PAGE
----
Why Digital Audio Restoration Software Is So Important To Music, Film, And TV
Forbes.com reports that there’s a film available for streaming on Netflix right now entitled The Conversation. You may have seen it; it’s a classic Francis Ford Coppola picture, released in between The Godfather one and The Godfather II.
The film follows Harry Caul (played by Gene Hackman), an audio surveillance expert who, hired to tape and transcribe a conversation held in San Francisco’s Union Square, uncovers a murder plot.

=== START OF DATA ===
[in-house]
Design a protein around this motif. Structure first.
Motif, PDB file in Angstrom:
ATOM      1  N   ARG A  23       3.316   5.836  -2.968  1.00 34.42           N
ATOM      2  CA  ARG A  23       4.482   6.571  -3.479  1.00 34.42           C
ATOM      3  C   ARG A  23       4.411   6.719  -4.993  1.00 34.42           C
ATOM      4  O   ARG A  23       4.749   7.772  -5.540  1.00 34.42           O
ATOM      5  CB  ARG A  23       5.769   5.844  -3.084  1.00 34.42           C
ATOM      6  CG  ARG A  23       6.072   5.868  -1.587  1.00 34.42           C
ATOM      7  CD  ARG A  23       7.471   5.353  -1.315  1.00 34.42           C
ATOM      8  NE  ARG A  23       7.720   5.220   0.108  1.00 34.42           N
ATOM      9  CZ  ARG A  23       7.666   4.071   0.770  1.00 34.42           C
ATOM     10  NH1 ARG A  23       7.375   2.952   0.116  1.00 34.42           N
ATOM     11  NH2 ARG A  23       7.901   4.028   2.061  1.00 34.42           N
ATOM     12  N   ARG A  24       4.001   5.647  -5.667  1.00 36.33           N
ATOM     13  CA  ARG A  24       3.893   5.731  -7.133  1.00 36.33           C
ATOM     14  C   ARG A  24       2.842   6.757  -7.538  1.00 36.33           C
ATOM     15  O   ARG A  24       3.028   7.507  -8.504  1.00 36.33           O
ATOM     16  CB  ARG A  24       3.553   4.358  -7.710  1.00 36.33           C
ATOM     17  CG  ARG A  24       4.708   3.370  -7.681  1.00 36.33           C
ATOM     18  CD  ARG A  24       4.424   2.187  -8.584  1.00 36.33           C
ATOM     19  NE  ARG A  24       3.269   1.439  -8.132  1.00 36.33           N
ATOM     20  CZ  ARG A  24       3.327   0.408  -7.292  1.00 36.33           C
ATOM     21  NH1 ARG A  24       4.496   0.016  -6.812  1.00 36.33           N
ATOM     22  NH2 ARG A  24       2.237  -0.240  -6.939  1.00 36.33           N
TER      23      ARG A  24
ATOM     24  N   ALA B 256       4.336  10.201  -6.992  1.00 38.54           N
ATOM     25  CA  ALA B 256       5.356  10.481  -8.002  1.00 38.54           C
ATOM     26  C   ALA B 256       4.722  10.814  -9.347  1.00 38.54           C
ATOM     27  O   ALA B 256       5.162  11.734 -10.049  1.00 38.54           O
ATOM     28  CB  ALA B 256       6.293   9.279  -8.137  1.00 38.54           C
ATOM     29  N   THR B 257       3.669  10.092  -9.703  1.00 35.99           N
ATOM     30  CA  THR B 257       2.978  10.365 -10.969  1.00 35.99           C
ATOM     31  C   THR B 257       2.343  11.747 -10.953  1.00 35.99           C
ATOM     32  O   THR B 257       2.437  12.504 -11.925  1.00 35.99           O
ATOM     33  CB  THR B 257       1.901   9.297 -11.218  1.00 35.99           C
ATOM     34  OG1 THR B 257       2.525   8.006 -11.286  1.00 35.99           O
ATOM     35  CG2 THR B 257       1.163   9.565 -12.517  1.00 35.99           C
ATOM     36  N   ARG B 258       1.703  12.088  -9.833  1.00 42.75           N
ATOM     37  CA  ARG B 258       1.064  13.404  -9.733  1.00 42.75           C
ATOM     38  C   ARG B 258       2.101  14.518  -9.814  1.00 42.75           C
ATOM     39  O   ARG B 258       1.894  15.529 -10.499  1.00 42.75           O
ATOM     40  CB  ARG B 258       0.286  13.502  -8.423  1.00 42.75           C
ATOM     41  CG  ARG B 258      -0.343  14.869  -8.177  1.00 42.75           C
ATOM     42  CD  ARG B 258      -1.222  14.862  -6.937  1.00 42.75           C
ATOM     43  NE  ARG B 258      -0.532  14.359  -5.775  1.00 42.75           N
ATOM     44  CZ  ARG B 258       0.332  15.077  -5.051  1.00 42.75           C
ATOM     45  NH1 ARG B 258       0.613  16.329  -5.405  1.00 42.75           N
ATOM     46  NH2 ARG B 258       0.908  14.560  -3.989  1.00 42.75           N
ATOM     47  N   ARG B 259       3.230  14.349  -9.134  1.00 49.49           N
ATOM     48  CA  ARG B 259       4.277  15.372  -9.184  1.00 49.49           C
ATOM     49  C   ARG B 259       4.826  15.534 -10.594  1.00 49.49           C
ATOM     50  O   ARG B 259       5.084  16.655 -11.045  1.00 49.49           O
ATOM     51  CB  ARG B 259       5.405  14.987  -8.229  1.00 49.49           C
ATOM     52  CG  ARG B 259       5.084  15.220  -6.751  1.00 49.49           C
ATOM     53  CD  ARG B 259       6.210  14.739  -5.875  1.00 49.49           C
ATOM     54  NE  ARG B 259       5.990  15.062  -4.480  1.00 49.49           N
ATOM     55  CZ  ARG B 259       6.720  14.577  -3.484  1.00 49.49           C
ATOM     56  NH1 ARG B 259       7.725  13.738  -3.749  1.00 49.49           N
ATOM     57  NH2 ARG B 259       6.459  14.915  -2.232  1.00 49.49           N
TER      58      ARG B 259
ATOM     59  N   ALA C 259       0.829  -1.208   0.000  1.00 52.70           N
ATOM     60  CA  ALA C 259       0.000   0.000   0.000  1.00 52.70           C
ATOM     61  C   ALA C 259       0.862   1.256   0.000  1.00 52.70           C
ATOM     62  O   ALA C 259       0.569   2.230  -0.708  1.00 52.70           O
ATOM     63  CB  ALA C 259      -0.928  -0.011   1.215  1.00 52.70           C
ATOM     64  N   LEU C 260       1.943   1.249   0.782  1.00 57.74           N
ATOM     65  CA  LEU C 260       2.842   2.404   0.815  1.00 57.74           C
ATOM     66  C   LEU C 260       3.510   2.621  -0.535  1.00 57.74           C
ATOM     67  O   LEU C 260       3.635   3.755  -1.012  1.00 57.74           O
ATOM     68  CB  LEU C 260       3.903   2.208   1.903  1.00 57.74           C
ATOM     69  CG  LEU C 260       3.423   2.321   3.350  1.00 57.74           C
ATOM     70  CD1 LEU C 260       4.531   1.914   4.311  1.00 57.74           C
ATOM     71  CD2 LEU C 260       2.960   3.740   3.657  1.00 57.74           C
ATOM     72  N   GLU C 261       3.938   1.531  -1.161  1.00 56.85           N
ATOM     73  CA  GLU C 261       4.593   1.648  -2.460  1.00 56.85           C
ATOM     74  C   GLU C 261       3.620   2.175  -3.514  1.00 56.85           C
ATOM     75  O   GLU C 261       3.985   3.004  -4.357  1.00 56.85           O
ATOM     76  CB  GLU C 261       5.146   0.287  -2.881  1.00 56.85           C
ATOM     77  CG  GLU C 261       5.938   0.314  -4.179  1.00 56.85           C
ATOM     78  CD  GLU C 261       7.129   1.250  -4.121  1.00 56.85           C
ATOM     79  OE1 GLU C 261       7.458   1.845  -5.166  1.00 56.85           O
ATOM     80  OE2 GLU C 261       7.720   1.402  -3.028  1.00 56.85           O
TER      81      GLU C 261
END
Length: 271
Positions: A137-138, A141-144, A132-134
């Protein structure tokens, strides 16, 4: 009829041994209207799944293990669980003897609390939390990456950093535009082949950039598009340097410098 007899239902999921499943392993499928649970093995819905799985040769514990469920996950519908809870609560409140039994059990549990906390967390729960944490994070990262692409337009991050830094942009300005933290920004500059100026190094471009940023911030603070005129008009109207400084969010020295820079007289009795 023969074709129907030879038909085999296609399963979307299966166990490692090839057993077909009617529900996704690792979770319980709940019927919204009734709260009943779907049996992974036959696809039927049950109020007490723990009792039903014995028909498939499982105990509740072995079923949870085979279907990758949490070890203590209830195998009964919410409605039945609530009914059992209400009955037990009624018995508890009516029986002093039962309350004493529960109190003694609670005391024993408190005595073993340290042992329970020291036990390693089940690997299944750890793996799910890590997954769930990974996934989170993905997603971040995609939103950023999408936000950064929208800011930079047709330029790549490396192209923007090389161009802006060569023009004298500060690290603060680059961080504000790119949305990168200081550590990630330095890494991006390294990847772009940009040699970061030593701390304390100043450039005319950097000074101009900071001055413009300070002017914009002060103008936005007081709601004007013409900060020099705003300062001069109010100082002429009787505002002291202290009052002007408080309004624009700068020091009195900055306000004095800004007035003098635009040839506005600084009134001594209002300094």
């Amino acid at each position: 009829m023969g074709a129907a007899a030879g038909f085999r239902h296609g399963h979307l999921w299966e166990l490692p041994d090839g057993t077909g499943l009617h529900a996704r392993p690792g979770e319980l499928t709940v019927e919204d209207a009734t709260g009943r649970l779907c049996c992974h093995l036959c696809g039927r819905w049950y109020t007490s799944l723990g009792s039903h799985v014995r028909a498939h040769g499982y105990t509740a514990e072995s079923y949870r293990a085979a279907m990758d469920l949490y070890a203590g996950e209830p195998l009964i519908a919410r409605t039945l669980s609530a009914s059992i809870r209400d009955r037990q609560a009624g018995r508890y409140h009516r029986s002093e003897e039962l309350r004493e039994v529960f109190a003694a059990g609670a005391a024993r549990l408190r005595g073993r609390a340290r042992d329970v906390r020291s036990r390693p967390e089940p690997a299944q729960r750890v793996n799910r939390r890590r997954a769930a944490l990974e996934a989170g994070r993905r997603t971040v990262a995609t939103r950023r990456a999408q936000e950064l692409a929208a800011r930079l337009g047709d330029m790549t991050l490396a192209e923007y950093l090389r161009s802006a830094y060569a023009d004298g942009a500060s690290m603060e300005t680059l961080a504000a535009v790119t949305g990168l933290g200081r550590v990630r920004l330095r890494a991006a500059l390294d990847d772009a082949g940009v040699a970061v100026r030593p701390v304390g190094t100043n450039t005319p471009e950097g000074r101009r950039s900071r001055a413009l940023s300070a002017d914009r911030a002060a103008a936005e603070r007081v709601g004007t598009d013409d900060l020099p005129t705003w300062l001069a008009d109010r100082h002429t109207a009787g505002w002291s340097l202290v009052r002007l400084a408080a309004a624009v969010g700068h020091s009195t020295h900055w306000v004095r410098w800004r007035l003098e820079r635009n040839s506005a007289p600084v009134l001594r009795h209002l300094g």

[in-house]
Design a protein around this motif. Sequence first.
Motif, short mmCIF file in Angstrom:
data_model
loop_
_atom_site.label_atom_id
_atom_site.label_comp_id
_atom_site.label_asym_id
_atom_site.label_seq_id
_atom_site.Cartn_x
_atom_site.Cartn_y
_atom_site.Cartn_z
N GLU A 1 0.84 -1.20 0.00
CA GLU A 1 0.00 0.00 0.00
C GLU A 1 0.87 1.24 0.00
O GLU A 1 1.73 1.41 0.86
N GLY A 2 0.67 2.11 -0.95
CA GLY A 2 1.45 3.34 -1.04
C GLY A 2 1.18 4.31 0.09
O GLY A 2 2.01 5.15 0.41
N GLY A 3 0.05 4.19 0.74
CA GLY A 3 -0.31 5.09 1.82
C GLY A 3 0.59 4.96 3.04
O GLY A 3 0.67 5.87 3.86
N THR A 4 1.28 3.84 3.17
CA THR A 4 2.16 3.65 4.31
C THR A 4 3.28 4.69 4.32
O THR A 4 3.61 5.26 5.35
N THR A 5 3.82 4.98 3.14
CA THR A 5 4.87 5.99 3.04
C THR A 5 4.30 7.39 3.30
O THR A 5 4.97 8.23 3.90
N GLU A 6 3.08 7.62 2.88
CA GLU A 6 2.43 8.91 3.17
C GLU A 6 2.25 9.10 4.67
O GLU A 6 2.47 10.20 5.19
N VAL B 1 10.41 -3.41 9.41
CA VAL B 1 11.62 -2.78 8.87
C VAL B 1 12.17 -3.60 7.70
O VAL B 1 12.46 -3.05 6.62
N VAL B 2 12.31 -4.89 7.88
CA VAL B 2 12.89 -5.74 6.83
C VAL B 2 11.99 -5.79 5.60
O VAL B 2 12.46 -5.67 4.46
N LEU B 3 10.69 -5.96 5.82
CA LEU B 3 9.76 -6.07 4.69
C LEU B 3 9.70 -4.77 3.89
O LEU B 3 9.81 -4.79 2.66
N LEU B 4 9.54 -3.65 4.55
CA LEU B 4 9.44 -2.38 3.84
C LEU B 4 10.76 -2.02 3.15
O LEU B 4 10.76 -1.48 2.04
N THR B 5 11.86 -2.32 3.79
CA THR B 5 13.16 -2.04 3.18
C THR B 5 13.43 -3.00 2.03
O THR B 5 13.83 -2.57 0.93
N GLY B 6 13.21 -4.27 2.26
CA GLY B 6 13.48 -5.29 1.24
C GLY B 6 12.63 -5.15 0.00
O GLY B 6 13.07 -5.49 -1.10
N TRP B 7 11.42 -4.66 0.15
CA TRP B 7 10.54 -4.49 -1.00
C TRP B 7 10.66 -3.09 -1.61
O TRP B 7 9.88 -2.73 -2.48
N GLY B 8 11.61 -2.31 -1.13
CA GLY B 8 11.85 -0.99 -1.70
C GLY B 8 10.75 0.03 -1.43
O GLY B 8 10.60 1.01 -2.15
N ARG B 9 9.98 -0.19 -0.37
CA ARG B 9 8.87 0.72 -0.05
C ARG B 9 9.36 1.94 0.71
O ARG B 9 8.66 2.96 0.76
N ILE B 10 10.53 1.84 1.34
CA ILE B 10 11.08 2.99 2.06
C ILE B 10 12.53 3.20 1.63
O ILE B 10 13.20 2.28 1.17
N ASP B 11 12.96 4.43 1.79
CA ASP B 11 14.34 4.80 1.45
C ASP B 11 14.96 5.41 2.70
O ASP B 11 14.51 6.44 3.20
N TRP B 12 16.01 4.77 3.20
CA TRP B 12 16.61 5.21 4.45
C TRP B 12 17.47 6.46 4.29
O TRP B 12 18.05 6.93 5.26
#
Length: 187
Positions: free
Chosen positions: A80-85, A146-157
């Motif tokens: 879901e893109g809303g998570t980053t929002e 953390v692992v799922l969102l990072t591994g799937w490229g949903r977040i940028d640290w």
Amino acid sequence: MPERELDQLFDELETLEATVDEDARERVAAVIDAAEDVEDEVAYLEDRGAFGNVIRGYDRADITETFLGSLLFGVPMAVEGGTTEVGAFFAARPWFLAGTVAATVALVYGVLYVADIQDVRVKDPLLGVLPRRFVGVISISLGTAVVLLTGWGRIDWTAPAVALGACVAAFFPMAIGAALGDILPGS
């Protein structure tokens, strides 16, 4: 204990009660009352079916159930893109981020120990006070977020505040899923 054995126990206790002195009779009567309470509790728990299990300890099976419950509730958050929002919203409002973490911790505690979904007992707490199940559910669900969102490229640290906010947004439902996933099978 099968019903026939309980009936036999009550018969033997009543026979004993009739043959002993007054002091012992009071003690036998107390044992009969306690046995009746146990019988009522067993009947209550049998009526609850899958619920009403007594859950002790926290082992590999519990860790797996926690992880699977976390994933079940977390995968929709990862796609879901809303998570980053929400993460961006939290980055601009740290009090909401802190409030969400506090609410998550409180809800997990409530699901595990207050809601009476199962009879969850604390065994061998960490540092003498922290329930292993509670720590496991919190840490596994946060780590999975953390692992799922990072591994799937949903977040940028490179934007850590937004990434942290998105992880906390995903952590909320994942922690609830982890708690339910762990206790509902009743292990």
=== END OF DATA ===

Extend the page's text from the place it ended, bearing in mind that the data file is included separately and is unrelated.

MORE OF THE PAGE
As well as displaying classic 70s paranoia tropes, the film features a panoply of scenes in which Hackman futzes around with his tapes: he cranks knobs to filter out unnecessary noise; he strains to make the conversation intelligible.
Hackman frequently uses hefty pieces of analogue equipment to meet this task, and the more work he does (the more time he puts in, the more knobs he twiddles) the closer he gets to demystifying the tapes, and the closer he gets to figuring out who’s going to die.
It’s a great picture, but it’s dated in one respect: Hackman’s job would be undeniably easier now, in 2014, than it was in 1974.